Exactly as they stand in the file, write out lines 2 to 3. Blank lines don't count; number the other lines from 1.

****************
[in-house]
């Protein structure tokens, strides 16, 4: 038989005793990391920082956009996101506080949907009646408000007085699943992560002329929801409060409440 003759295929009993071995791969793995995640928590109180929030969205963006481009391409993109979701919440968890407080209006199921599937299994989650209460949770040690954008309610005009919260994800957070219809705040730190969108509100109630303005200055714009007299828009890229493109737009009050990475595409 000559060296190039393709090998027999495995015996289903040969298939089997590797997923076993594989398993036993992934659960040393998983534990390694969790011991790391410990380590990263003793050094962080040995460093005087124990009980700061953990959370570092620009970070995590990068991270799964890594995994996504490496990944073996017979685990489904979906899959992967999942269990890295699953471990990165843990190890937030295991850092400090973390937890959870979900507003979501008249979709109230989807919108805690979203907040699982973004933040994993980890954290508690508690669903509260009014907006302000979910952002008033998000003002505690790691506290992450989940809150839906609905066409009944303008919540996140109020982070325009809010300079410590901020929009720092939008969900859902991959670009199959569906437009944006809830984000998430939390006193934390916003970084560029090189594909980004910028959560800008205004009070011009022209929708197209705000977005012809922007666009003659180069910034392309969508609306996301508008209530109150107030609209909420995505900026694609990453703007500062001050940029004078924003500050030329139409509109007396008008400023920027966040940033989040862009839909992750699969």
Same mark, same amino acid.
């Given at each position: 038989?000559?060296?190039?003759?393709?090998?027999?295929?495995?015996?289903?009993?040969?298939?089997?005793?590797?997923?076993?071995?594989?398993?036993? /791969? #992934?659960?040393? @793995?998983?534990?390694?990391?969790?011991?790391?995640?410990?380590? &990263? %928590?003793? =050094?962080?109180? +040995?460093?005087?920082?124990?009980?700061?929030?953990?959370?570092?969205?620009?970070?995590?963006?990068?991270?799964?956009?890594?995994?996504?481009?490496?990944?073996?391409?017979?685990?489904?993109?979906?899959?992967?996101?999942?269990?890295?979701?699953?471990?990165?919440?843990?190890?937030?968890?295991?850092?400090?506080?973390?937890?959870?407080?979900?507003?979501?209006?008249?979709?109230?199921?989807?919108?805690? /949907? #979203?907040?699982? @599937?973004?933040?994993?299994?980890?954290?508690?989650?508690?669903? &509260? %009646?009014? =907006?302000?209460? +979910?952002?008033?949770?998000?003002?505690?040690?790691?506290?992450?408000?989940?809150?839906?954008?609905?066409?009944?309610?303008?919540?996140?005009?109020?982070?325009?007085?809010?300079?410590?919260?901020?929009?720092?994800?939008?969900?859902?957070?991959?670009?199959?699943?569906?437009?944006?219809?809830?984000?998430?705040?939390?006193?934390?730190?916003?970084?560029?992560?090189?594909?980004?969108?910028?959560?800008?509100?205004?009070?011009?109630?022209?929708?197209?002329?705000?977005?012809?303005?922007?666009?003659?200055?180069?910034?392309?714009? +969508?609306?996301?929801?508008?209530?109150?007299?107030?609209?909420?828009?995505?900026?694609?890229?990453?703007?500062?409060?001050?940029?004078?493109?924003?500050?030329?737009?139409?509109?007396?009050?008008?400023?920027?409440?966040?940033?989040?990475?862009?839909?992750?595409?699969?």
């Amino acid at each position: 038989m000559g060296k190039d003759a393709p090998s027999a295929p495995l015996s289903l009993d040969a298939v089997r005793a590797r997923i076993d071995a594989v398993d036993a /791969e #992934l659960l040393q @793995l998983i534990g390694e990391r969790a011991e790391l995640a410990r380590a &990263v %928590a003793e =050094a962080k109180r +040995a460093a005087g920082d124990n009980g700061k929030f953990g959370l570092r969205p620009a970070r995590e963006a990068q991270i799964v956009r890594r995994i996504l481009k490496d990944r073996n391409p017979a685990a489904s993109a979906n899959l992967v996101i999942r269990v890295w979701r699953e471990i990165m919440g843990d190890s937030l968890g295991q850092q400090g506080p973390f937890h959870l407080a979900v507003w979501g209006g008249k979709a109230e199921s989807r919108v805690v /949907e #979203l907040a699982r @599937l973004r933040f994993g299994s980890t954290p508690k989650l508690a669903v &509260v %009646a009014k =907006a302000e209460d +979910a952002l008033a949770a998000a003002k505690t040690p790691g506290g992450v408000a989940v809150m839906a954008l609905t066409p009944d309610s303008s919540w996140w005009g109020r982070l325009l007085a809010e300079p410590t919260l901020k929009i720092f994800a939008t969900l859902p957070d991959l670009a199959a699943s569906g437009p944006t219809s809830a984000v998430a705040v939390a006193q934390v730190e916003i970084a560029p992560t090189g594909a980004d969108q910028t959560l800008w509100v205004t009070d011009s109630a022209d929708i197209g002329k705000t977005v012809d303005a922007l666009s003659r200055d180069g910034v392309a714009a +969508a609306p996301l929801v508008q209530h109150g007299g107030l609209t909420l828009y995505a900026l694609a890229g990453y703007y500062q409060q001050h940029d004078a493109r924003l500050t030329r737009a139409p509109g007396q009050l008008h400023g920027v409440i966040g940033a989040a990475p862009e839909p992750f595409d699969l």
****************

């Protein structure tokens, strides 16, 4: 038989005793990391920082956009996101506080949907009646408000007085699943992560002329929801409060409440 003759295929009993071995791969793995995640928590109180929030969205963006481009391409993109979701919440968890407080209006199921599937299994989650209460949770040690954008309610005009919260994800957070219809705040730190969108509100109630303005200055714009007299828009890229493109737009009050990475595409 000559060296190039393709090998027999495995015996289903040969298939089997590797997923076993594989398993036993992934659960040393998983534990390694969790011991790391410990380590990263003793050094962080040995460093005087124990009980700061953990959370570092620009970070995590990068991270799964890594995994996504490496990944073996017979685990489904979906899959992967999942269990890295699953471990990165843990190890937030295991850092400090973390937890959870979900507003979501008249979709109230989807919108805690979203907040699982973004933040994993980890954290508690508690669903509260009014907006302000979910952002008033998000003002505690790691506290992450989940809150839906609905066409009944303008919540996140109020982070325009809010300079410590901020929009720092939008969900859902991959670009199959569906437009944006809830984000998430939390006193934390916003970084560029090189594909980004910028959560800008205004009070011009022209929708197209705000977005012809922007666009003659180069910034392309969508609306996301508008209530109150107030609209909420995505900026694609990453703007500062001050940029004078924003500050030329139409509109007396008008400023920027966040940033989040862009839909992750699969």
Same mark, same amino acid.